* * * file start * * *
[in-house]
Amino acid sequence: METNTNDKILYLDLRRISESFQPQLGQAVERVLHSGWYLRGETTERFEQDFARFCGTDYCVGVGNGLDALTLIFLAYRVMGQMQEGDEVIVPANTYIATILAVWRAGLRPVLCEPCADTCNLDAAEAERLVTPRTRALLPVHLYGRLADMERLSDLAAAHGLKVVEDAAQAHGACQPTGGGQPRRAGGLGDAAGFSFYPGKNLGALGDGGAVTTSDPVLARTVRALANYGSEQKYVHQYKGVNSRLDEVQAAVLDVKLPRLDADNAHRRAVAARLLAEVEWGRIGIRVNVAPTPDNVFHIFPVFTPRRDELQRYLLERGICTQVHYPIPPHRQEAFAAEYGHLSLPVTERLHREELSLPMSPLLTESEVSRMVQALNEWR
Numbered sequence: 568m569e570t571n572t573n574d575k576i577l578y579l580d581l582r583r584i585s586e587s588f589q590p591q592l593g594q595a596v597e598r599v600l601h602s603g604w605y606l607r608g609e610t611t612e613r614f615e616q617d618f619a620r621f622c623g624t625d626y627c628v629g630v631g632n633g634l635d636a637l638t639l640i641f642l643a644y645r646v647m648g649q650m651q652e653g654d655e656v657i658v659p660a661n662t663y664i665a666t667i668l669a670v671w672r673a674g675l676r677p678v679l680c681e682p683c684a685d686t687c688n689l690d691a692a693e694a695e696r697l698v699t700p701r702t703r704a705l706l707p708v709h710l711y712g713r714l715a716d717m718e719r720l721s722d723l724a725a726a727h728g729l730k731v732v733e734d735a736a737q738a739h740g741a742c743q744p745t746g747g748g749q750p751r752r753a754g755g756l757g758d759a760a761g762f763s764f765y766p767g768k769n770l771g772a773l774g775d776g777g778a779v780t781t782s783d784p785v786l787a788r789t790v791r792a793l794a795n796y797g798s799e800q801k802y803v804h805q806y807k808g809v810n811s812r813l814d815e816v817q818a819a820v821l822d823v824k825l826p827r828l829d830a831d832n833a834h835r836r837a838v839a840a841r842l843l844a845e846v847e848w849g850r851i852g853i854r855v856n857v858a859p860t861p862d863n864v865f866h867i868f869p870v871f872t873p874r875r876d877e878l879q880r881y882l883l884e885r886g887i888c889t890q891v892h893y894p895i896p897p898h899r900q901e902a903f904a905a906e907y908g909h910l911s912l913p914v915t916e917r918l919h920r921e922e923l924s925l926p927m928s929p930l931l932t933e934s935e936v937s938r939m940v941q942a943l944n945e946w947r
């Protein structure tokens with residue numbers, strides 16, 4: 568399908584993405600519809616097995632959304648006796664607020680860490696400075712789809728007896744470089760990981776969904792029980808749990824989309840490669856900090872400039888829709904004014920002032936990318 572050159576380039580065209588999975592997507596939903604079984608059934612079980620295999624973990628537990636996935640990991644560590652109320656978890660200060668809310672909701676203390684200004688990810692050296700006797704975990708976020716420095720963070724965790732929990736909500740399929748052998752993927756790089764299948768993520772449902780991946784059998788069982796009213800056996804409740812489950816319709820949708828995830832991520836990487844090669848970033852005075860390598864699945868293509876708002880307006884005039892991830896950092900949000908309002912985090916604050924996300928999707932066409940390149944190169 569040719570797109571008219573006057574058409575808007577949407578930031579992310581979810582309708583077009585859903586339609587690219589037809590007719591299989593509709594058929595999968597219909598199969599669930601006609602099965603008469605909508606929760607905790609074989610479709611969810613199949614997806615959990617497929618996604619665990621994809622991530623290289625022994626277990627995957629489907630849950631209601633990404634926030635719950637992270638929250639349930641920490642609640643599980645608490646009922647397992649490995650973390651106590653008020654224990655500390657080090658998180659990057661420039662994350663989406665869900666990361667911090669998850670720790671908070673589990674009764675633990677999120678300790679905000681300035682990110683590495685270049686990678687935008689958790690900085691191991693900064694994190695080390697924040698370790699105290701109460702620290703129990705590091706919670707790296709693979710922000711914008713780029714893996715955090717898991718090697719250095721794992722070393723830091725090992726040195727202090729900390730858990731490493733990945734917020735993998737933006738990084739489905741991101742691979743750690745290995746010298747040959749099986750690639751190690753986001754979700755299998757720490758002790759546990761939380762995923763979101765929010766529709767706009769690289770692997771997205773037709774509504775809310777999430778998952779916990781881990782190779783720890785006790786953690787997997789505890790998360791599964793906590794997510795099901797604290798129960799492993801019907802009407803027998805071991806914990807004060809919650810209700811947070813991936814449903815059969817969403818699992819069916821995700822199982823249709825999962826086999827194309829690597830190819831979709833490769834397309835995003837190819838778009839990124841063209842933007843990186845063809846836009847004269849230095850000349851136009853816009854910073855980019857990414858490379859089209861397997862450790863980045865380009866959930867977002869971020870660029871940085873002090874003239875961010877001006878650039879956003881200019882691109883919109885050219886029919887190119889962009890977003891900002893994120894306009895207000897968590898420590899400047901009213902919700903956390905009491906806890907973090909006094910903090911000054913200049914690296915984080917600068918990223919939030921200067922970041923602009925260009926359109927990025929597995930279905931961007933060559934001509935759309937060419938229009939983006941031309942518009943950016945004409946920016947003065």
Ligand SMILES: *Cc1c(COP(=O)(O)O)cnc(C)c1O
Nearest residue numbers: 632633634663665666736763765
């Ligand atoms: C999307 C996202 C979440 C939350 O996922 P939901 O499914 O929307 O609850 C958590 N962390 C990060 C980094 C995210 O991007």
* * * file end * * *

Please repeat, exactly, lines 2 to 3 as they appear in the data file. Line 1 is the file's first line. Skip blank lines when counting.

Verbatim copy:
Amino acid sequence: METNTNDKILYLDLRRISESFQPQLGQAVERVLHSGWYLRGETTERFEQDFARFCGTDYCVGVGNGLDALTLIFLAYRVMGQMQEGDEVIVPANTYIATILAVWRAGLRPVLCEPCADTCNLDAAEAERLVTPRTRALLPVHLYGRLADMERLSDLAAAHGLKVVEDAAQAHGACQPTGGGQPRRAGGLGDAAGFSFYPGKNLGALGDGGAVTTSDPVLARTVRALANYGSEQKYVHQYKGVNSRLDEVQAAVLDVKLPRLDADNAHRRAVAARLLAEVEWGRIGIRVNVAPTPDNVFHIFPVFTPRRDELQRYLLERGICTQVHYPIPPHRQEAFAAEYGHLSLPVTERLHREELSLPMSPLLTESEVSRMVQALNEWR
Numbered sequence: 568m569e570t571n572t573n574d575k576i577l578y579l580d581l582r583r584i585s586e587s588f589q590p591q592l593g594q595a596v597e598r599v600l601h602s603g604w605y606l607r608g609e610t611t612e613r614f615e616q617d618f619a620r621f622c623g624t625d626y627c628v629g630v631g632n633g634l635d636a637l638t639l640i641f642l643a644y645r646v647m648g649q650m651q652e653g654d655e656v657i658v659p660a661n662t663y664i665a666t667i668l669a670v671w672r673a674g675l676r677p678v679l680c681e682p683c684a685d686t687c688n689l690d691a692a693e694a695e696r697l698v699t700p701r702t703r704a705l706l707p708v709h710l711y712g713r714l715a716d717m718e719r720l721s722d723l724a725a726a727h728g729l730k731v732v733e734d735a736a737q738a739h740g741a742c743q744p745t746g747g748g749q750p751r752r753a754g755g756l757g758d759a760a761g762f763s764f765y766p767g768k769n770l771g772a773l774g775d776g777g778a779v780t781t782s783d784p785v786l787a788r789t790v791r792a793l794a795n796y797g798s799e800q801k802y803v804h805q806y807k808g809v810n811s812r813l814d815e816v817q818a819a820v821l822d823v824k825l826p827r828l829d830a831d832n833a834h835r836r837a838v839a840a841r842l843l844a845e846v847e848w849g850r851i852g853i854r855v856n857v858a859p860t861p862d863n864v865f866h867i868f869p870v871f872t873p874r875r876d877e878l879q880r881y882l883l884e885r886g887i888c889t890q891v892h893y894p895i896p897p898h899r900q901e902a903f904a905a906e907y908g909h910l911s912l913p914v915t916e917r918l919h920r921e922e923l924s925l926p927m928s929p930l931l932t933e934s935e936v937s938r939m940v941q942a943l944n945e946w947r